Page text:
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jkaidor 01-28-2013 10:13 AM

NFS routing out wrong Interface
 
Hello,

I'm trying to mount a remote NFS volume from my Slackware 13.1(IIRC) server. No matter what I do, it fails with "Operation Not Permitted" ( just *what* does that mean *exactly*, anyway? ). After tearing my hair for over it for a few hours, I
tried looking at the syslog output while attempting to mount. There I saw complaints to the effect that localnet addresses were being put out on the external interface.

These error messages were being produced by my very own super-paranoid firewall script ( which I adapted from David Ranch's TrinityOS work ). The firewall not only filters incoming packets, but also outgoing ones. There are specific rejections for local packets ( 10.*.*.*, 192.168.*.*, 172.168.*.* - all decoded to the appropriate # of bits ) going out the "real Internet" interface.

I just turned off the firewall, and the mount worked. So the problem is the firewall. Well, not really. Why on earth is the system trying to pump a 10-net
address out the external interface, anyway? BTW, the mount continues to work when I turn the firewall back on. So there is a workaround - I could write a script to
turn the firewall off, do the mounts, and turn it back on again. YUCK!

Anybody have a clue as to where to look? The Linux kernel is version 2.6.37.6.
Here's the output of netstat -r:

-------------- snip -------------------
Kernel IP routing table
Destination Gateway Genmask Flags MSS Window irtt Iface
10.120.200.2 * 255.255.255.255 UH 0 0 0 tun0
10.120.200.0 10.120.200.2 255.255.255.0 UG 0 0 0 tun0
192.168.1.0 10.120.102.220 255.255.255.0 UG 0 0 0 eth0
69.12.159.0 * 255.255.255.0 U 0 0 0 eth1
10.120.102.0 * 255.255.255.0 U 0 0 0 eth0
10.100.0.0 10.120.200.2 255.255.0.0 UG 0 0 0 tun0
loopback * 255.0.0.0 U 0 0 0 lo
69.0.0.0 * 255.0.0.0 U 0 0 0 eth1
default 69-12-159-1.dsl 0.0.0.0 UG 0 0 0 eth1
-------------- endsnip ----------------
The remote NFS is a dlink DNS323 running fonz fun_plug and the kernel-level nfsd.
I used to IP address of the DNS323 in my mount command to preclude any DNS
foolishness:
mount -t nfs 10.120.102.43:/mnt/HD_a4 /mnt/dns323/HD_a4

If I didn't know better, I'd suspect a kernel routing bug. But I *do* know better. I know that the Linux kernel networking stack is one of the most robust pieces of software in the world. I once thought I had found a bug there - I peppered the stack with printk's, and traced it to ---- a bug in my Windows machine having to do with crappy VPN software that my company had provided.

The plot sickens. I just tried mounting the second drive on the DNS323 - WITH the firewall still enabled - and it WORKED. Without me fixing anything! Gaak!

- Jerry Kaidor

kbp 01-28-2013 05:06 PM

That fact that it keeps working after starting the firewall may indicate that you're matching a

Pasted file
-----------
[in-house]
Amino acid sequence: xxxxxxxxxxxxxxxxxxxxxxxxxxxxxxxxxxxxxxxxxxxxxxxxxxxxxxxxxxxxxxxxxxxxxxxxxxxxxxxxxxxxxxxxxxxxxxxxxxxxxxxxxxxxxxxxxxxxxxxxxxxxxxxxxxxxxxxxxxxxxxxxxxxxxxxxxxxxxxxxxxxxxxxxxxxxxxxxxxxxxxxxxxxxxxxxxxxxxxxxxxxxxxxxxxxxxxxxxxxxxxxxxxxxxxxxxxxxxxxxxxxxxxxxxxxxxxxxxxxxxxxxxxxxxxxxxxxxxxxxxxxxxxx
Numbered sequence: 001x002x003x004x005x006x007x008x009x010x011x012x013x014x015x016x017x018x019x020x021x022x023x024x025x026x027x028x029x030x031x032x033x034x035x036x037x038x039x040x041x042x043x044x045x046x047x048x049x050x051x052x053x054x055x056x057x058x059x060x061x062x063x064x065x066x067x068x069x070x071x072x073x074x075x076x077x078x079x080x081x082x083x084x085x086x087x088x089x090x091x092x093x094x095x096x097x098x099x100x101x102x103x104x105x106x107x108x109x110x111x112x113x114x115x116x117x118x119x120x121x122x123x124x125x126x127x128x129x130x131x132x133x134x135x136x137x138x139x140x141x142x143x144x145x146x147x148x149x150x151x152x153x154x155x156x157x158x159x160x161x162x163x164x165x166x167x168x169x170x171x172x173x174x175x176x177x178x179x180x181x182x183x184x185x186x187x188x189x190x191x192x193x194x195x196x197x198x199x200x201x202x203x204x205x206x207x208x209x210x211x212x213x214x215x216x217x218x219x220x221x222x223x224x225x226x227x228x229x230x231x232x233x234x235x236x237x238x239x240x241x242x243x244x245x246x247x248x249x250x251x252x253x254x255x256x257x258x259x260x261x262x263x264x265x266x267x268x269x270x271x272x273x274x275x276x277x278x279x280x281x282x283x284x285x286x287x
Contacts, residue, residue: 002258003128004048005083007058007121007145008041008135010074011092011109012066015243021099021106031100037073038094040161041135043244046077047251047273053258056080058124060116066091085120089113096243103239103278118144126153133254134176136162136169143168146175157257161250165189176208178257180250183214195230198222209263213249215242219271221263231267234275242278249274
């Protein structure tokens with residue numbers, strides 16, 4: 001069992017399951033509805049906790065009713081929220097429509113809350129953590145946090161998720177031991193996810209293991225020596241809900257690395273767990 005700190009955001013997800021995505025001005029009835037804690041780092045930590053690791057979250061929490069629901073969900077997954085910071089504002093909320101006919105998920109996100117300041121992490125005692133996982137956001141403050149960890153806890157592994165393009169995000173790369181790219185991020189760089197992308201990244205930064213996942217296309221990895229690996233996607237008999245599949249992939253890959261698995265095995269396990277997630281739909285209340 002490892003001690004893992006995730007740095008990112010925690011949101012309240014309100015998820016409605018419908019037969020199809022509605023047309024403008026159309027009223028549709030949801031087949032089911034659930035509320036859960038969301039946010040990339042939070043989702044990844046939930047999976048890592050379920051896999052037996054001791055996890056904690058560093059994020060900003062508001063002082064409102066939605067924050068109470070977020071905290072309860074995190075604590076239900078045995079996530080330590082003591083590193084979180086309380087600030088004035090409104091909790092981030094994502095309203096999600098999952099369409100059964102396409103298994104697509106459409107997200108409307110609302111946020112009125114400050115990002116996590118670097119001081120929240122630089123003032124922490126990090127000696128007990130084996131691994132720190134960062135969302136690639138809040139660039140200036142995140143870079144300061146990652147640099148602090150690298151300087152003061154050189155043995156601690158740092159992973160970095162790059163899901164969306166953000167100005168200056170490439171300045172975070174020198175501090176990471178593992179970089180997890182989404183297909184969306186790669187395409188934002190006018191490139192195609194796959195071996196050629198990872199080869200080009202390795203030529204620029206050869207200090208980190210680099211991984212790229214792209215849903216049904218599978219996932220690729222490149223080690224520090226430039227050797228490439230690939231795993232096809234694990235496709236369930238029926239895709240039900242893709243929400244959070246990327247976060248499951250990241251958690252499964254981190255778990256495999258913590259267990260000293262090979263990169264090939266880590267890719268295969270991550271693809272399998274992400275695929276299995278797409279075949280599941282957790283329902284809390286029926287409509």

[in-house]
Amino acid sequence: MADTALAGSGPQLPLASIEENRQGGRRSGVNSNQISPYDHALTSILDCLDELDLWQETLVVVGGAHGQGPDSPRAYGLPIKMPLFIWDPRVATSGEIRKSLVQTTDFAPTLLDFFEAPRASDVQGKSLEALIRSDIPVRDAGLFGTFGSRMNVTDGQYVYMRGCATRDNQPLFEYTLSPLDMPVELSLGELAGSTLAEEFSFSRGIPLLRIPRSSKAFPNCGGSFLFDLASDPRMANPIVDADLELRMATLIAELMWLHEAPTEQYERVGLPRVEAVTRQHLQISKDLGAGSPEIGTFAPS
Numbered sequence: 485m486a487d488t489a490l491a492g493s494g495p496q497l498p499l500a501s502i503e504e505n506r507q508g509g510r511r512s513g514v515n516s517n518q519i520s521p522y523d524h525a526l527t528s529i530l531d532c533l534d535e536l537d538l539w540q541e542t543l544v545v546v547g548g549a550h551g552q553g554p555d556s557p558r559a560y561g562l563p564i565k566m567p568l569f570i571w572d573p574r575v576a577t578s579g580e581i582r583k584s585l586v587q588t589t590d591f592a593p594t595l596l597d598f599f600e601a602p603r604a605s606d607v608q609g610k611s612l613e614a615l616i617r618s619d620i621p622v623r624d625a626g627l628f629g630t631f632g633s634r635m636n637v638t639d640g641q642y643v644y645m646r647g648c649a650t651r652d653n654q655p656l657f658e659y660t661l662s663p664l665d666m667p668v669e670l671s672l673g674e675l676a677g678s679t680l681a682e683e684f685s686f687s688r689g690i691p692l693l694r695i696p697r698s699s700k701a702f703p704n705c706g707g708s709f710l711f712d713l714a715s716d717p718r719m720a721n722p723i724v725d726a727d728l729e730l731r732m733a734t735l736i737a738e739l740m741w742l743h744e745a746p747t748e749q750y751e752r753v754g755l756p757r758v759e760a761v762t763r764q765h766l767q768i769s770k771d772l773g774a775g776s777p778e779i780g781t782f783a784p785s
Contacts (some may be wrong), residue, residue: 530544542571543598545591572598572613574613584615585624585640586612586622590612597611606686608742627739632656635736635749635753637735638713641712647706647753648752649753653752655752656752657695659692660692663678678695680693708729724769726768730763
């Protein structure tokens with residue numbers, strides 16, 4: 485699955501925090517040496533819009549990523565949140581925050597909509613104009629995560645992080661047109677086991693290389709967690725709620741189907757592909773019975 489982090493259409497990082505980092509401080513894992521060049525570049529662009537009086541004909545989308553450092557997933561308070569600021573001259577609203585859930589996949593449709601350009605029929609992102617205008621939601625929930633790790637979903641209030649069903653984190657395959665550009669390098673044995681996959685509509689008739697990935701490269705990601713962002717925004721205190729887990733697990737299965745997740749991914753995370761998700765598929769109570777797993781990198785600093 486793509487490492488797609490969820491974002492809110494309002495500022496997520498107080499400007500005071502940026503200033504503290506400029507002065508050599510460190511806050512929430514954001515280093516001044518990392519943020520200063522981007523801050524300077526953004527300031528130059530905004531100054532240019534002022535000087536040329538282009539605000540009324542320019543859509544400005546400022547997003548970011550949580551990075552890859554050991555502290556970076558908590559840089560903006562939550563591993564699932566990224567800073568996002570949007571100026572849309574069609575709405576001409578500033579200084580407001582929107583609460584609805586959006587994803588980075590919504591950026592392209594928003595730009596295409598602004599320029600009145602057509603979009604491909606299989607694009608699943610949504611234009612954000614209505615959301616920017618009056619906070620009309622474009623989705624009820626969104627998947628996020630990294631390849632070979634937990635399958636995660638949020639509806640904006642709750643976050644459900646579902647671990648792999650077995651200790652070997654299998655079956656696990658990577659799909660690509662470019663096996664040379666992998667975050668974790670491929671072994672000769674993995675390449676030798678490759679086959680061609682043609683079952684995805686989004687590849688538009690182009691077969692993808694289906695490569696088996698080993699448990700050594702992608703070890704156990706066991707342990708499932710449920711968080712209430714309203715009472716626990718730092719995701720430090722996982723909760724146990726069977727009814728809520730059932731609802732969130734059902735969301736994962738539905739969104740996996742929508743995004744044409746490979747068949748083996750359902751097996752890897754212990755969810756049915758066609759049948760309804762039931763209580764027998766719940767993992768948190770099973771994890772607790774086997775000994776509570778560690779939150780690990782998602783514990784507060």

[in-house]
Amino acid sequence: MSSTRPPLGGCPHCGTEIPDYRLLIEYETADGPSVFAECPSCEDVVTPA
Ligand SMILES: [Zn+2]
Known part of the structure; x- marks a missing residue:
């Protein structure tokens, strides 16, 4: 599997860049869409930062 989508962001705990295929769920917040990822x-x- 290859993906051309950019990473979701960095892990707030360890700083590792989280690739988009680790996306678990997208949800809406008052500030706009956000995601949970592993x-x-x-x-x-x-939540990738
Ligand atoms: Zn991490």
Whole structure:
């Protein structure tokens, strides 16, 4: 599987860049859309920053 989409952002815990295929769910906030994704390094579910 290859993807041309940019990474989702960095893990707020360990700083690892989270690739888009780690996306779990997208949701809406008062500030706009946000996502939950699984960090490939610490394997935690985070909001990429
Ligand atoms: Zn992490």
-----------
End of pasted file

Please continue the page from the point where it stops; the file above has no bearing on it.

Code:

... -m state --state RELATED,ESTABLISHED ..
rule with your existing connection and that initial connections (SYN) are being blocked by your rules.

jkaidor 01-29-2013 08:00 AM

Quote:

Originally Posted by kbp (Post 4879354)
That fact that it keeps working after starting the firewall may indicate that you're matching a
Code:

... -m state --state RELATED,ESTABLISHED ..
rule with your existing connection and that initial connections (SYN) are being blocked by your rules.

Here is the exact area that it's failing ( when it fails ):

------------- snip ------------------
# used in the OUTPUT chain

firewall_reject_local_dests_table()
{
iptables -F reject_local_dests
iptables -N reject_local_dests
iptables -A reject_local_dests -d 10.0.0.0/8 -j LOG --log-prefix "REJECT_LOCAL_DESTS0: "
iptables -A reject_local_dests -d 10.0.0.0/8 -j REJECT

iptables -A reject_local_dests -d 192.168.0.0/16 -j LOG --log-prefix "REJECT_LOCAL_DESTS1: "
iptables -A reject_local_dests -d 192.168.0.0/16 -j REJECT

iptables -A reject_local_dests -d 172.168.0.0/12 -j LOG --log-prefix "REJECT_LOCAL_DESTS2: "
iptables -A reject_local_dests -d 172.168.0.0/12 -j REJECT
iptables -A reject_local_dests -j RETURN
}
--------------- endsnip ---------------------------


... This table that is called thusly:
#----------------------------
# Specific OUTPUT rejections
#----------------------------
# Reject outgoing traffic to the INTERNAL net from the REMOTE interface,
# stuffed routing; deny & log
iptables -A OUTPUT -o $EXTIF -j reject_local_dests

...So for all packets going to the EXTERNAL interface, the reject_local_dests table is activated.

Inside that table, we already know that it's an OUTPUT packet at the EXTERNAL interface. So the only thing that's being checked is the
IP address. It doesn't care about the protocol, the destination or source port or the TCP state.

If I decide to pursue this, I'll be looking at the source to mount.nfs. I suspect that there may be some low level API to the kernel networking stack
that allows arbitrary packets to be output from any interface, and that mount.nfs is using this for some reason that I don't understand - not really being
familiar with the NFS protocol.

- Jerry


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